The main environmental issues for the primary copper production are the potential emission to air of dust and metals/metal compounds and of sulphur dioxide from roasting and smelting sulphide concentrates or using sulphur-containing fuels or other materials. The average Cu concentration was 11.98 ng∙m−3 varying from 7.0 to 18.9 ng∙m−3 (Table 1). Previously, Salam et al. [28] reported that the average concentration of copper at Dhaka University 31.0 ng∙m−3, which is about two and half times higher than the current finding. The average copper concentration is showing decreasing tendency in Dhaka, the value of on 2003 was 54 ng∙m−3 [21] , which is twofold higher than the 2008 and fivefold higher than the current finding. However, it is a clear indication of decreasing Cu concentration in the air of Dhaka city. The high concentration of Cu (65 ng∙m−3) was also observed at four sites in Bangkok, Thailand [26] .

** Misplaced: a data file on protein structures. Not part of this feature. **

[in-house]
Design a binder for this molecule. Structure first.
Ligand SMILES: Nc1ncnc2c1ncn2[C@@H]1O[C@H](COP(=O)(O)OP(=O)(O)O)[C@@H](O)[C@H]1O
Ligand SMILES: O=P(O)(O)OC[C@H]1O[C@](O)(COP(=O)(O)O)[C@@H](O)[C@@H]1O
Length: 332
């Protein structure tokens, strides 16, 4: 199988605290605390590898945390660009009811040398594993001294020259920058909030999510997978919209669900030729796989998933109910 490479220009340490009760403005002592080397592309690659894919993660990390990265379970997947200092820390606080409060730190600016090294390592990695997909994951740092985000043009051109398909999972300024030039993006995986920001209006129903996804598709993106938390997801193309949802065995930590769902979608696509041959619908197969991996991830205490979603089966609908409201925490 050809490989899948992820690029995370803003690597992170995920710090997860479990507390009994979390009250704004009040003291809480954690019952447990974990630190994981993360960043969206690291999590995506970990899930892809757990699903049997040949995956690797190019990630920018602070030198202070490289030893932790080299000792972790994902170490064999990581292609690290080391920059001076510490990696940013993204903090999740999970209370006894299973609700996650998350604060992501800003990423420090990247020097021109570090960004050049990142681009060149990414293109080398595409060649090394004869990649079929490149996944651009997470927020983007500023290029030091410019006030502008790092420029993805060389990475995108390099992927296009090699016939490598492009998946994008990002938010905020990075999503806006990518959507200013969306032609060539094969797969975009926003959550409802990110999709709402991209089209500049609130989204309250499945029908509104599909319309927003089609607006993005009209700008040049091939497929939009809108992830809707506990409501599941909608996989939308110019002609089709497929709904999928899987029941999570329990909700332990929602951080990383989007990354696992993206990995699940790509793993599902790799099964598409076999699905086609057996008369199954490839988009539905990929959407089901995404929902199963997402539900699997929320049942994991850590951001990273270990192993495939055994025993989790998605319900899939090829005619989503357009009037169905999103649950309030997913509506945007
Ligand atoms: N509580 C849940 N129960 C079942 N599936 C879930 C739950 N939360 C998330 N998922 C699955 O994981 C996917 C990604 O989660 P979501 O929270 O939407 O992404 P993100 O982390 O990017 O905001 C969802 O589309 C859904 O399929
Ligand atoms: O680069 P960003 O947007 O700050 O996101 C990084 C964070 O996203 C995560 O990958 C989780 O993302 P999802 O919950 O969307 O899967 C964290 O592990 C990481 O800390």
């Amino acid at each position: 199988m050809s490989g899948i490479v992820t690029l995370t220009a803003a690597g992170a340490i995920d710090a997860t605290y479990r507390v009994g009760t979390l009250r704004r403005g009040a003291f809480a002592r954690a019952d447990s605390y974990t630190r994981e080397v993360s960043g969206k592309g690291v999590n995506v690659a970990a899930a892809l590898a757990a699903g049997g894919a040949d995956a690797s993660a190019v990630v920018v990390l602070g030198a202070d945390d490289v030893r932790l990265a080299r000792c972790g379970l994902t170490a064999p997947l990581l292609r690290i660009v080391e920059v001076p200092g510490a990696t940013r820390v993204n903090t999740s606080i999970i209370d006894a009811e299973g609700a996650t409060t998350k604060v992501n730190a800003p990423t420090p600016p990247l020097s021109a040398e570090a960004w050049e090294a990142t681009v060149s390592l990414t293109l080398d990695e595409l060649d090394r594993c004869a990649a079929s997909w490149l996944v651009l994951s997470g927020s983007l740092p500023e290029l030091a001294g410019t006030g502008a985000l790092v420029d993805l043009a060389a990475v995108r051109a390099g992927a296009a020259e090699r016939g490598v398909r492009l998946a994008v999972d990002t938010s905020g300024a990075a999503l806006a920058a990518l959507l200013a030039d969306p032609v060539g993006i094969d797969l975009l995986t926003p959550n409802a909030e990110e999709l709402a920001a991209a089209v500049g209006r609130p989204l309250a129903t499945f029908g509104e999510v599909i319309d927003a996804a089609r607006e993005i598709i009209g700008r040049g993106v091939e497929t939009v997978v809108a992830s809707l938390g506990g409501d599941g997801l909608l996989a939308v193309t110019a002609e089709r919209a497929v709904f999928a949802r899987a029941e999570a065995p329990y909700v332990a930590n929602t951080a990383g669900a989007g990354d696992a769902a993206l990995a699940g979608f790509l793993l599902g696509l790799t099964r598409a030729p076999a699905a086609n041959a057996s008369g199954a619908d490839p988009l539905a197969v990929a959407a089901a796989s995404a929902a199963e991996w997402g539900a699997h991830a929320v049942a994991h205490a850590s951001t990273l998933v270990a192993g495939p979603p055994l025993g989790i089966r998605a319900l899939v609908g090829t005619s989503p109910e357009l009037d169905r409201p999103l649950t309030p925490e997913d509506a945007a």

3.5. Lead

The main sources of lead are combustion of fossil fuels, paints and varnish, production of batteries, lead containing waste water. The average Pb concentration found in this current study 305.75 ng∙m−3 varying from 88.6 to 539 ng∙m−3 (Table 1). Lead compounds accumulate with PM in the atmosphere and gradually settle on the Earth’s surface. Scientists at the Bangladesh Atomic Energy Commission (BAEC) previously observed that Dhaka was the most Pb polluted city in the world for a part of 1996. A 17-month survey conducted by the scientists of BAEC detected 463 ng∙m−3 Pb for PM2.5 in Dhaka air during the dry months (between November 1994 and January 1996) [37] . However, the atmospheric Pb concentration in Dhaka is decreasing gradually, presumably due to the ban on leaded gasoline in Bangladesh, although it is still higher than that found in European cities and Far East Asian sites Taiwan (133 ng∙m−3) [38] . However, it is lower than that reported for Southeast Asian Sites such as Karachi, Pakistan, and Delhi, Mumbai, and Kanpur, India [39] .

3.6. Chromium